by Epiphany Bible Students

No. 190

My dear Brethren: Grace and peace through our Beloved Master!

 “I desired mercy, and not sacrifice; and the knowledge of God more than burnt offerings,” says Hos. 6:6. This subject of knowledge, especially so with the “know­ledge of God,” has been bandied about by all classes from the least unto the greatest; and a little reflection readily makes evident that it must be embellished with copious qualifications if it is to be retained in proper balance. Almost every virtue becomes a vice when overdone; therefore, almost every virtue requires a companion virtue if it is to be maintained in good perspective. This is certainly true of knowledge, because St. Paul says that “knowledge puffeth up, but love buildeth up.” The great Apostle is not here putting a slur on knowledge, because no one can have too much knowledge if that knowledge is given proper balance by the grace of love.

“The spirit of a sound mind” implies that such a person has all four of the Divine attributes in reasonable proportion – each companion to the other three prorated to its correct position. Knowledge is acquaintance with fact, clear perception of truth; and wisdom is the correct application of knowledge. Thus, a man who is gifted chiefly with knowledge may be said to be an intellectual man; one with knowledge and power, an aus­tere man; one with knowledge, power and justice, a righteous man; and one with know­ledge (wisdom), power, justice and love is a “good man.” And to one possessing these four the promise is sure and certain that his “steps are ordered of the Lord.”

We often hear the remark that “knowledge is not the essential thing”; but this statement is only a half truth, and – “Half truths are more misleading than whole errors.” St. Paul does indeed say that love is the principal thing – that “love is the bond of per­fectness” (Col. 3:14).And none with that “bond of perfectness” will ever be rejected by the Lord, will never fall from the Class in which he finds himself. No Saint ever lost his crown so long as he retained that “bond”; and no Youthful Worthy will ever fall from his Class if he has and retains that bond. As Brother Johnson has so well stated, it is not required of Youthfuls that they develop Agape love; but they should certainly do so if they have the capacity to do so. Some may not be able to do this; but it should be readily evident that if they can and do acquire it, then they have also the “bond of perfectness,” which none can give nor take away – the possessor of that “bond” can never encounter shipwreck in his walk by faith.

Above we quoted St. Paul’s statement that love is the principal thing, but here also qualification is necessary, because no one ever developed Agape love without pa­tience, and none can retain it without that adorning grace. It is of such importance that St. Paul mentions it last in Titus 2:2 in his admonition to be “sober, grave, tem­perate, sound in faith, in charity, in patience.” Jesus had perfect love, but this He retained only through His perfection in patience – “He steadfastly (in full patience) set His face to go to Jerusalem.” But we must go beyond patience in our qualification of Agape love. Before patience must come faith; and before faith must come knowledge – “the knowledge of God.” This is emphasized in Romans 10:14–17: “How shall they believe in Him of whom they have not heard (received sufficient knowledge to enable them to be­lieve)? And how shall they hear without a preacher? And how shall they preach except they be sent?... So then faith cometh by hearing, and hearing by the word of God.”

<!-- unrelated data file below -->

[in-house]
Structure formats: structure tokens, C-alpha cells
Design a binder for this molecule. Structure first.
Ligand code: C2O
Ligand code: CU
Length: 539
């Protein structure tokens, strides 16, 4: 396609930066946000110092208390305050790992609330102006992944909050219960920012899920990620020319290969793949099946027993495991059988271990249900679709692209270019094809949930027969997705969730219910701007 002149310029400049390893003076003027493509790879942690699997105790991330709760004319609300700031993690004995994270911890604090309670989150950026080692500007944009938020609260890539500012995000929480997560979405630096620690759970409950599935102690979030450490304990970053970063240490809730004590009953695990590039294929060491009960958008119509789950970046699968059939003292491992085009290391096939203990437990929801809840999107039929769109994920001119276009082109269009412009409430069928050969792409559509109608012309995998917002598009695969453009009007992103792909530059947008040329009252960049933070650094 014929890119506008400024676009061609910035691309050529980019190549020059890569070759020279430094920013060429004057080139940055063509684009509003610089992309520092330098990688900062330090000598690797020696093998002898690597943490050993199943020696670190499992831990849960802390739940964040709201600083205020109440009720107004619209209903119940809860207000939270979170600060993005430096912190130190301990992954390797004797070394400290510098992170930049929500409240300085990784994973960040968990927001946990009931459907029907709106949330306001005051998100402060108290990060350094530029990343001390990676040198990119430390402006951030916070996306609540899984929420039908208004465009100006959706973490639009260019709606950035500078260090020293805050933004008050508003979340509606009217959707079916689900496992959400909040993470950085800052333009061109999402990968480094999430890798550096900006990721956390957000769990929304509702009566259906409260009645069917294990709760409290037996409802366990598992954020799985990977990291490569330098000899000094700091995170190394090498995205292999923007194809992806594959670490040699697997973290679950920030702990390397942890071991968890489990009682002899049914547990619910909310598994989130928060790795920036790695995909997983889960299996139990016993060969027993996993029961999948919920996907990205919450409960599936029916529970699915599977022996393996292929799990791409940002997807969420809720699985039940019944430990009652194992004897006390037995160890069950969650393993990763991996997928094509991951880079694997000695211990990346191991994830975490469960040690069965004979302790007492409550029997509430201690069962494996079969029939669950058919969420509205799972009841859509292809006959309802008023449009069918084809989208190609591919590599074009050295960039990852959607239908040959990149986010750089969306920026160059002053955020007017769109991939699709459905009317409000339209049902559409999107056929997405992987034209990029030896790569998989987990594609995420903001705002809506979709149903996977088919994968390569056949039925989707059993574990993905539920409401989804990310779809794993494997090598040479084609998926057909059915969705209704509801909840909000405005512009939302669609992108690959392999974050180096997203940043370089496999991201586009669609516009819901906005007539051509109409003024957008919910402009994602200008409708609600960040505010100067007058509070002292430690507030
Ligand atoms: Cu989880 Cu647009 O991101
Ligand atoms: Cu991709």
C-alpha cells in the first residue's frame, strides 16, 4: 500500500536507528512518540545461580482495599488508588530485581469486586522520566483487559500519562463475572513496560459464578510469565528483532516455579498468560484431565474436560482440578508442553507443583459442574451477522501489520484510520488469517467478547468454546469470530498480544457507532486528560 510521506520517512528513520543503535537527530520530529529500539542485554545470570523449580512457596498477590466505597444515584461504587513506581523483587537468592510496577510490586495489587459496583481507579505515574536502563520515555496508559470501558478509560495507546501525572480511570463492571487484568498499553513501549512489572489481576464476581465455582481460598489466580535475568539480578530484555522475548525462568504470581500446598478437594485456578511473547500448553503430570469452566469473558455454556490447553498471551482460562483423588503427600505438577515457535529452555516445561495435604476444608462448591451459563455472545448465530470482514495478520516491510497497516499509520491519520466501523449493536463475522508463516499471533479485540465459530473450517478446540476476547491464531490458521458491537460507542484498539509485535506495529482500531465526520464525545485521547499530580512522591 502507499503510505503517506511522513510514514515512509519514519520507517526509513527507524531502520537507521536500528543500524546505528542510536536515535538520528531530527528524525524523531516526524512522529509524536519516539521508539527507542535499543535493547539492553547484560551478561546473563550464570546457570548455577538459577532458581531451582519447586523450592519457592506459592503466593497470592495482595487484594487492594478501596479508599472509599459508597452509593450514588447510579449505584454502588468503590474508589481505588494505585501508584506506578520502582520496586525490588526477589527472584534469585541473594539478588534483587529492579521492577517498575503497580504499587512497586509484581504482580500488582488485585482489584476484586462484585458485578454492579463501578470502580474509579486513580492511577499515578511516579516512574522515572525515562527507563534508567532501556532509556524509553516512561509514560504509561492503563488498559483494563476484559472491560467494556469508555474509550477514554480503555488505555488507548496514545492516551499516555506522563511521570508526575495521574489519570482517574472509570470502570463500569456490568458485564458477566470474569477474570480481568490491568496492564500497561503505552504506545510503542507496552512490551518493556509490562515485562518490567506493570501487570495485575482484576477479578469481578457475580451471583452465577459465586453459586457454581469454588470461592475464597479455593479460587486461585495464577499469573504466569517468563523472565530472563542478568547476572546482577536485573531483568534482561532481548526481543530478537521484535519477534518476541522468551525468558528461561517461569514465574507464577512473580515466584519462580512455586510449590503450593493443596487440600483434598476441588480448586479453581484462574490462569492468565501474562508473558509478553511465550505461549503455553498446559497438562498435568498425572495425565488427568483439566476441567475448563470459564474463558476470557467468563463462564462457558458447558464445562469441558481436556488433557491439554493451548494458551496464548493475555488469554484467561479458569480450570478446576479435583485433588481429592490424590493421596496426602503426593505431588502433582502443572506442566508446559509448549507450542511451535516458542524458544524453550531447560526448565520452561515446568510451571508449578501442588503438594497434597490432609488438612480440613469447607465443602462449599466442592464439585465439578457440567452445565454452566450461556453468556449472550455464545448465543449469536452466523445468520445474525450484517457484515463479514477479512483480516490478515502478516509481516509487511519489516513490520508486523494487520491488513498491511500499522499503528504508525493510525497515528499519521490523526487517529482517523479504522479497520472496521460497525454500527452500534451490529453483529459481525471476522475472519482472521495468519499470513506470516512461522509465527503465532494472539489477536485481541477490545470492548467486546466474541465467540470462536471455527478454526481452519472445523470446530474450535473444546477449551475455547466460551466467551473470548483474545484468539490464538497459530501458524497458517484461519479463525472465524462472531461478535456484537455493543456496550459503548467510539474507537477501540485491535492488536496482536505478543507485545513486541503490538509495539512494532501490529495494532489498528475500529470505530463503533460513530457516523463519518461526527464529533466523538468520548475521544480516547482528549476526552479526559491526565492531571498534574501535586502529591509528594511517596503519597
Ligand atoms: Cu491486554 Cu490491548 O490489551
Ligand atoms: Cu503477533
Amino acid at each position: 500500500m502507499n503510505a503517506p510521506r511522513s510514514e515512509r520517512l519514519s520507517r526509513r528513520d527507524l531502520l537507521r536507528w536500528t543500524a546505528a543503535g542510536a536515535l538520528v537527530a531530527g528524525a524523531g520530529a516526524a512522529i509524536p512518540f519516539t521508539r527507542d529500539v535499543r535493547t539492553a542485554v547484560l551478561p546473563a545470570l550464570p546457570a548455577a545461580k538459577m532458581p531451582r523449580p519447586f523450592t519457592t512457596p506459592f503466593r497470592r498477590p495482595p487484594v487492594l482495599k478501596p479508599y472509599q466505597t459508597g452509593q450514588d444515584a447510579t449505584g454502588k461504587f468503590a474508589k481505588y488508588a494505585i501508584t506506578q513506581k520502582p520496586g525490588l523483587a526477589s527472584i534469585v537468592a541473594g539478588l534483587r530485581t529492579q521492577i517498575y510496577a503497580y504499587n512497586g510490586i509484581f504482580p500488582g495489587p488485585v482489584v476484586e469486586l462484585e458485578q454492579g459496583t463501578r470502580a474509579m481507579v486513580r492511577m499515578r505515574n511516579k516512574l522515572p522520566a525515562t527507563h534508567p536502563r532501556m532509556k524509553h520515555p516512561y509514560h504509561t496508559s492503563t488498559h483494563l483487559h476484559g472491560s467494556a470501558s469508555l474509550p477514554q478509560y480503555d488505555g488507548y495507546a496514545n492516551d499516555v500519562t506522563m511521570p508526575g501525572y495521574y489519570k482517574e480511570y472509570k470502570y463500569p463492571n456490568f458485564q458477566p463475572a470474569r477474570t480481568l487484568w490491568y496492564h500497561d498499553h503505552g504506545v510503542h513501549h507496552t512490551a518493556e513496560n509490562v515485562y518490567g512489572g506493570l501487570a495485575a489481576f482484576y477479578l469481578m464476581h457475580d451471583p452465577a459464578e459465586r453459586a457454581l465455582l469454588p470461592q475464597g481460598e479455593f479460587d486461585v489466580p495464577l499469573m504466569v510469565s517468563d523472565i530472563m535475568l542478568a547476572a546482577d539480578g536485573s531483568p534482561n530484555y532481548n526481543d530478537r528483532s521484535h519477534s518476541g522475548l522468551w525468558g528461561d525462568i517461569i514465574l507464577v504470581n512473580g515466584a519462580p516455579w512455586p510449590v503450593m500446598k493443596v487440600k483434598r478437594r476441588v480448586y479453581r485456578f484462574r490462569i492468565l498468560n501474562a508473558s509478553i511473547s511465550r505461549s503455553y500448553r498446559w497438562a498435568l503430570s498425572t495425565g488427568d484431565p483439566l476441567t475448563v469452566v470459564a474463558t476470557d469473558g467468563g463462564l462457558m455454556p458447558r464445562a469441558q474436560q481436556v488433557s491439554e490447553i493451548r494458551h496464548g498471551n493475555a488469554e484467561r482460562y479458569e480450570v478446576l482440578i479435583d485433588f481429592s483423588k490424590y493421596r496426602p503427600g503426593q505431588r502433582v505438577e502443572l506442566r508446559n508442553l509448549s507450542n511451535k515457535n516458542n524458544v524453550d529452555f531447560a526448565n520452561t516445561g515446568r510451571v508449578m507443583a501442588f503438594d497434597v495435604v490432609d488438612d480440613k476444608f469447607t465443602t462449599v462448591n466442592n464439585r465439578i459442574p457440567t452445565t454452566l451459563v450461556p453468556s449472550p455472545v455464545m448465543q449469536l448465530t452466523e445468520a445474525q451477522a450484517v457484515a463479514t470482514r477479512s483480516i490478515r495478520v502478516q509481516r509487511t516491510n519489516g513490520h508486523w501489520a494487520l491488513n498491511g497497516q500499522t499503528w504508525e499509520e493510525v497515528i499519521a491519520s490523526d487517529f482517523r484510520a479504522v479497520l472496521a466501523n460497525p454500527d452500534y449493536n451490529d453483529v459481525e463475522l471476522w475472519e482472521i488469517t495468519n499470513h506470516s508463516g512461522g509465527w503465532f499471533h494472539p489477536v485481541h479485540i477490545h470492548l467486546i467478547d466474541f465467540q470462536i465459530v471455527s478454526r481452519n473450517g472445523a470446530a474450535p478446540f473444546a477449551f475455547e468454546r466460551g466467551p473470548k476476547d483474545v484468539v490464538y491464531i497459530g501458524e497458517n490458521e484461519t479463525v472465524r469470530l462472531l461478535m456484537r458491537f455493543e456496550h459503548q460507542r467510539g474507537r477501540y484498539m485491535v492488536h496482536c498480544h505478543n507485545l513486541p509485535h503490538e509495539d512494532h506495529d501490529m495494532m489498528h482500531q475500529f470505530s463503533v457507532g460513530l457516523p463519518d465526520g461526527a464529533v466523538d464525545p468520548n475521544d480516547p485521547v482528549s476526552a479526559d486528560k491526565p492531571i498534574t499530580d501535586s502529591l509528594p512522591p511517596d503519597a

Clearly, then, in the primary sense the “knowledge of God” is the principal thing; without that knowledge there could be no faith; without faith “It is impossible to please God,” and without faith none could possibly gain that principal thing – Agape love. It has been our observation that those who would discount the virtue of know­ledge – “not the essential thing” – are those who possess very little of it; and their contention is simply a lame alibi for their glaring incapacity – “My people per­ish for lack of knowledge.” We are instructed to “study to show thyself approved unto God”; and we are to account those elders “worthy of double honor... who labor in word and doctrine (the knowledge of God).” (I Tim. 5:17)

And with such servants abides the assurance of faith – they know that they know. Nor need such assurance “puff up” if that knowledge is moderated by Agape love. If such knowledge is not moderated by Agape love, such people will lose it as prophesied in 2 Thes. 2:10,11 – and God will send them “strong delusion” that they should believe a lie (errors and false doctrine). The Egyptians have a proverb: “He who knows, but knows not that he knows, is timid – encourage him. He who knows not, and knows that he knows not, is ignorant – teach him. He who knows not, and knows not he knows not, is a fool – shun him. But he who knows, and knows that he knows, is wise – follow him “ Surely, the last two Principal Men knew, and knew that they knew; the Scriptures speci­fically state of one of them that he was “wise”; and our trust was well placed as we followed them. Also, it was prophetically written of the Epiphany Solomon (1 Kgs. 3: 12): “I have given thee a wise and an understanding heart; so that there was none like thee before thee, neither after thee shall any arise like unto thee.” Therefore, those who recognize Brother Johnson as the good Epiphany Solomon will proceed most cautiously before attempting to dispute any of his faithful Scriptural teachings. Neither of the Laodicean “stars” deemed it essential to be “as the actors,” to use the tricks of ora­tory, or the flummery of the stage, much of which is simply humbug. A pleasant anecdote is related of Charles Darwin, the famous naturalist: Some neighborhood boys attempted a prank upon him by catching a grasshopper, tearing off its wings and long hind legs, then substituting the wings of a wasp and parts of several other bugs. They then showed him their artifice, asking him if he could tell them what kind of a bug it was. “Did it make a humming noise when you first caught it out in the field”? he asked. “Oh, yes; it made a very loud humming noise when we first grabbed it.” “Then,” replied Mr. Darwin, “it’s a ‘hum’-bug.”